How Has NAFTA Affected The Economies Of Participating Countries Since Its Inception?

The North American Free Trade Agreement, or NAFTA, was a controversial trade pact signed in 1992. Over the years, it eliminated most tariffs and other kinds of trade barriers that existed on products and services passing through the US, Mexican, and Canadian borders. 

The primary intent of NAFTA was to create an effective free-trade area among the three biggest economies in North America. It came into effect in 1994. Today, it remains a force to be reckoned with unless, or until, the status quo changes.

Some Background On NAFTA

One could say that the North American Free Trade Agreement was inspired by the implementation and success of the European Economic Community between 1957 and 1993, which helped eliminate tariffs among member countries in a bid to stimulate trade. 

Proponents of NAFTA argued that, by establishing a similar free-trading block in North America, the region would experience prosperity through increased production, exports, and imports. It was also expected to bring well-paying jobs for those residing in the member countries.

How Did NAFTA Affect The Economies Of Participating Countries?

Experts in the North American trade industry will tell you that NAFTA has produced mixed results since its inception. For most people, it turned out to be neither the magic bullet that a significant number of its proponents had envisioned, nor the devastating blow that its critics foretold.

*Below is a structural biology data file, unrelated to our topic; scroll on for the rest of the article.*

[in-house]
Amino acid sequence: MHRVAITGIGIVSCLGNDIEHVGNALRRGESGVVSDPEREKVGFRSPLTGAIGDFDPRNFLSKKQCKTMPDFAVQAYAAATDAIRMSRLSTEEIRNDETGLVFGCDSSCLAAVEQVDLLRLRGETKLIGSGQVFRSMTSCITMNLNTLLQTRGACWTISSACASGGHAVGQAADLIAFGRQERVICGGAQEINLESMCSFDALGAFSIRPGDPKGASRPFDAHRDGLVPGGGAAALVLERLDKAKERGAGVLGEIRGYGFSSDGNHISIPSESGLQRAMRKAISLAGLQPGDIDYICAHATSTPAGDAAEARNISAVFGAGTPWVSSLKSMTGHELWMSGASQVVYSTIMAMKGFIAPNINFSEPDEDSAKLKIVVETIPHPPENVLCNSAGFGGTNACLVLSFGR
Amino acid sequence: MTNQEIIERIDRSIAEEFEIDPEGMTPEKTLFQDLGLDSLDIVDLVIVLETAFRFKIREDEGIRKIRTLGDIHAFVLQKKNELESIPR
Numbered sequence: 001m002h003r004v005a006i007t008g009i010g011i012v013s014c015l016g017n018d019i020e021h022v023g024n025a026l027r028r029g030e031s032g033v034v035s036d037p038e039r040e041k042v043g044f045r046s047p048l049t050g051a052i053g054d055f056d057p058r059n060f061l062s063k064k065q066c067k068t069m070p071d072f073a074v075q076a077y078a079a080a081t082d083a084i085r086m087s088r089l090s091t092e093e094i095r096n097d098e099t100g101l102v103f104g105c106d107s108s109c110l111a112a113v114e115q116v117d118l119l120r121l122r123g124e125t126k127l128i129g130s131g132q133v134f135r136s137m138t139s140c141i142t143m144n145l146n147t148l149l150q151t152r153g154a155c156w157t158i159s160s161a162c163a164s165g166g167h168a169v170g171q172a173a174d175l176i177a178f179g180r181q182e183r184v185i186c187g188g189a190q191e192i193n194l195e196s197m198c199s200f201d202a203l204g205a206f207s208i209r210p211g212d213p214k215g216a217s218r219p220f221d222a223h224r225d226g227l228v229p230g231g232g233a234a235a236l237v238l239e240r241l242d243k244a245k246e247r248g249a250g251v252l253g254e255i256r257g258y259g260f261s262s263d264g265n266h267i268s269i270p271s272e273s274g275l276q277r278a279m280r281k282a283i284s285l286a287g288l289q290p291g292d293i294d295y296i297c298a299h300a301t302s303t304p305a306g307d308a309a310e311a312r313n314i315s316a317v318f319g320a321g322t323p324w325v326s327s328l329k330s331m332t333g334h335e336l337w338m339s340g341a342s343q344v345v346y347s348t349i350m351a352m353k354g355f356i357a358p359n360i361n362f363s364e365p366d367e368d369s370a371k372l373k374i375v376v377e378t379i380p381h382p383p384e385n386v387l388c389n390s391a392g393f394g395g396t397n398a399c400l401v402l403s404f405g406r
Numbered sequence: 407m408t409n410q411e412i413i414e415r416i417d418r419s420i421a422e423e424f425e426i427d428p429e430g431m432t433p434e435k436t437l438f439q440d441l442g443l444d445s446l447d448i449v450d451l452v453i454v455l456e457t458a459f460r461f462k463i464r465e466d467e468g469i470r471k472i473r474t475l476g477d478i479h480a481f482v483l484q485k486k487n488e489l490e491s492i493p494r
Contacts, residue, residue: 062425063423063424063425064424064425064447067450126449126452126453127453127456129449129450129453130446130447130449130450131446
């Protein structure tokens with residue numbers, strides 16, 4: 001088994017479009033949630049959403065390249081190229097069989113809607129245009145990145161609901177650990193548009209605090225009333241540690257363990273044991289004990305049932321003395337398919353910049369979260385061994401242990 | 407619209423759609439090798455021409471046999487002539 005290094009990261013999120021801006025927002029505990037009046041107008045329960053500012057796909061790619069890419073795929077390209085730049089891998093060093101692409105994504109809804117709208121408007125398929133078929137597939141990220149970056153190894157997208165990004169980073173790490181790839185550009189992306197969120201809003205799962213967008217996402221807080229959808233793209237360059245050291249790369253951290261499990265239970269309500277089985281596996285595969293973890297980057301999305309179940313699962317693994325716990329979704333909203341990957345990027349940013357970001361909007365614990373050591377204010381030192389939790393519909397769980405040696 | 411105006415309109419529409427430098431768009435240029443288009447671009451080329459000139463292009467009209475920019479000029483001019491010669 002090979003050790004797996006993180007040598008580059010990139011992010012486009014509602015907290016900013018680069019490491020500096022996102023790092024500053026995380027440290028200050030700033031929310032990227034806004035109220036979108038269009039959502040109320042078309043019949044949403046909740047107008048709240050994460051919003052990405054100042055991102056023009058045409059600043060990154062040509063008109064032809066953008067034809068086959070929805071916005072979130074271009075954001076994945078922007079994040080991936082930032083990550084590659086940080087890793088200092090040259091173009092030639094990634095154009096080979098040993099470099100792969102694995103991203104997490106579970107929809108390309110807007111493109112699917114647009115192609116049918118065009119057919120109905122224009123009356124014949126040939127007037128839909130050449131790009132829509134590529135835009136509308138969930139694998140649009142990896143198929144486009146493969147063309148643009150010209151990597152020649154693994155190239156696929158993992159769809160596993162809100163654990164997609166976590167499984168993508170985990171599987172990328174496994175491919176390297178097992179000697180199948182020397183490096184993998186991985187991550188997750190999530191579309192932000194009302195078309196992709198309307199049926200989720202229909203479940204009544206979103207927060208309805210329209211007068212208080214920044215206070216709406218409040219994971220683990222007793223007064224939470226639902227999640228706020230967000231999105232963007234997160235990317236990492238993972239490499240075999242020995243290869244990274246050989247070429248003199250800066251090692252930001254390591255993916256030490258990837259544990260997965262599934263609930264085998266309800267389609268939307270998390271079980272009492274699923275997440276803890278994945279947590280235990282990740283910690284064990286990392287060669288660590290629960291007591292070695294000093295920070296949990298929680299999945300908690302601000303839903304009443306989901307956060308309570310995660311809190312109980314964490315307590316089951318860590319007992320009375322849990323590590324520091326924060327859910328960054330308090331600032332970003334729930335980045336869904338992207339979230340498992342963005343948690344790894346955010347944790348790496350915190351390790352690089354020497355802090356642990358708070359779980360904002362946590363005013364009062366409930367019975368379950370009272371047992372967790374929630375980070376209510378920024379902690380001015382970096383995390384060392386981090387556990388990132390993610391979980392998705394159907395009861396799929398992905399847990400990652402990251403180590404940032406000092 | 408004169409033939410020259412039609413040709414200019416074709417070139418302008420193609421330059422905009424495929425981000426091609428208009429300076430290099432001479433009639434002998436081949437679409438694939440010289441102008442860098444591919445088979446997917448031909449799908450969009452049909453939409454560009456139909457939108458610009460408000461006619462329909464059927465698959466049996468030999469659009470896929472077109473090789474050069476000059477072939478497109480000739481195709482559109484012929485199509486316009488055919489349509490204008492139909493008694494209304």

In the case of Mexico, the country managed to experience higher export numbers, ranging from about $60 billion in 1994 to almost $400 billion in 2013. This surge in export figures also came with an explosion of imports, leading to an influx of higher-quality and more affordable goods for Mexican consumers.  

Economic growth after the formation of NAFTA was not as quick or as impressive as member countries expected. One of the main reasons for this was that the US and Canada suffered immensely from several economic recessions during this period, including the Great Recession of 2007 to 2009. 


These events overshadowed most of the benefits that NAFTA had brought about. Mexico’s GDP also grew slower when put up against those of other Latin American countries like Chile and Brazil. Its growth in wages per person was also negligible, though Mexico managed to experience a rise in it’s middle-class during the same time.

Another area that experienced minimal change among NAFTA member states was labor. This was partly due to immigration restrictions, which also led to a significant wage gap between Mexican and American workers. At the time, Mexico’s lack of proper infrastructure caused most US and Canadian companies to decide not to invest directly in the country. This meant there was no loss of jobs in the US and Canada.

However, despite all the difficulties faced in the early stages of NAFTA, things are today looking up for member countries, especially Mexico, as investments in the manufacturing sector in Mexico have soared. 

Imports and exports have also increased among member states due to increased production levels, proximity, and lack of trading tariffs. Industrial parks have also increased in Mexico, and the country is now one of the biggest producers of automobiles.

To Conclude

Even with its issues, NAFTA has allowed all member states to benefit from it in one way or another. In addition, with tensions rising between the US and China over trade, the agreement is set to come into play now more than ever. You can learn more about the specific industries that benefited from NAFTA here.


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